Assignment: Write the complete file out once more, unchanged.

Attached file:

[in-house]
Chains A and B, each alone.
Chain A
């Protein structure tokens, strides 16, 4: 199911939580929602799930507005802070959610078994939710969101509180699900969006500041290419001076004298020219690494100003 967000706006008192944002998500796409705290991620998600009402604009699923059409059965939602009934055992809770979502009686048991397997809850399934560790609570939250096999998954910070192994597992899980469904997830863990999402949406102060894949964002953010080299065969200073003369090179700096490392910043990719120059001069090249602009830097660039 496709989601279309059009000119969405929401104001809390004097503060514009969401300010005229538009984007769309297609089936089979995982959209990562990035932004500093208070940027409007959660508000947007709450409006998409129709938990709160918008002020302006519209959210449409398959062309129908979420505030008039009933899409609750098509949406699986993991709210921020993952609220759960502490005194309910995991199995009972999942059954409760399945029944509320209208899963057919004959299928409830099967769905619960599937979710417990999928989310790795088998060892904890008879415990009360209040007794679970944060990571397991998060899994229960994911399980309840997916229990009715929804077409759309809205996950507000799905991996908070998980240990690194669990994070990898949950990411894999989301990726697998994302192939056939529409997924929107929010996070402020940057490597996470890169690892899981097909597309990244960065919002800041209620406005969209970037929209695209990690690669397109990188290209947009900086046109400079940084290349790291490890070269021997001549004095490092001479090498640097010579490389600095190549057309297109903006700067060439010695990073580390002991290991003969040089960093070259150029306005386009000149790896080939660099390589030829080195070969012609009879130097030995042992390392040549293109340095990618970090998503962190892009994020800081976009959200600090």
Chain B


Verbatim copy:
[in-house]
Chains A and B, each alone.
Chain A
């Protein structure tokens, strides 16, 4: 199911939580929602799930507005802070959610078994939710969101509180699900969006500041290419001076004298020219690494100003 967000706006008192944002998500796409705290991620998600009402604009699923059409059965939602009934055992809770979502009686048991397997809850399934560790609570939250096999998954910070192994597992899980469904997830863990999402949406102060894949964002953010080299065969200073003369090179700096490392910043990719120059001069090249602009830097660039 496709989601279309059009000119969405929401104001809390004097503060514009969401300010005229538009984007769309297609089936089979995982959209990562990035932004500093208070940027409007959660508000947007709450409006998409129709938990709160918008002020302006519209959210449409398959062309129908979420505030008039009933899409609750098509949406699986993991709210921020993952609220759960502490005194309910995991199995009972999942059954409760399945029944509320209208899963057919004959299928409830099967769905619960599937979710417990999928989310790795088998060892904890008879415990009360209040007794679970944060990571397991998060899994229960994911399980309840997916229990009715929804077409759309809205996950507000799905991996908070998980240990690194669990994070990898949950990411894999989301990726697998994302192939056939529409997924929107929010996070402020940057490597996470890169690892899981097909597309990244960065919002800041209620406005969209970037929209695209990690690669397109990188290209947009900086046109400079940084290349790291490890070269021997001549004095490092001479090498640097010579490389600095190549057309297109903006700067060439010695990073580390002991290991003969040089960093070259150029306005386009000149790896080939660099390589030829080195070969012609009879130097030995042992390392040549293109340095990618970090998503962190892009994020800081976009959200600090």
Chain B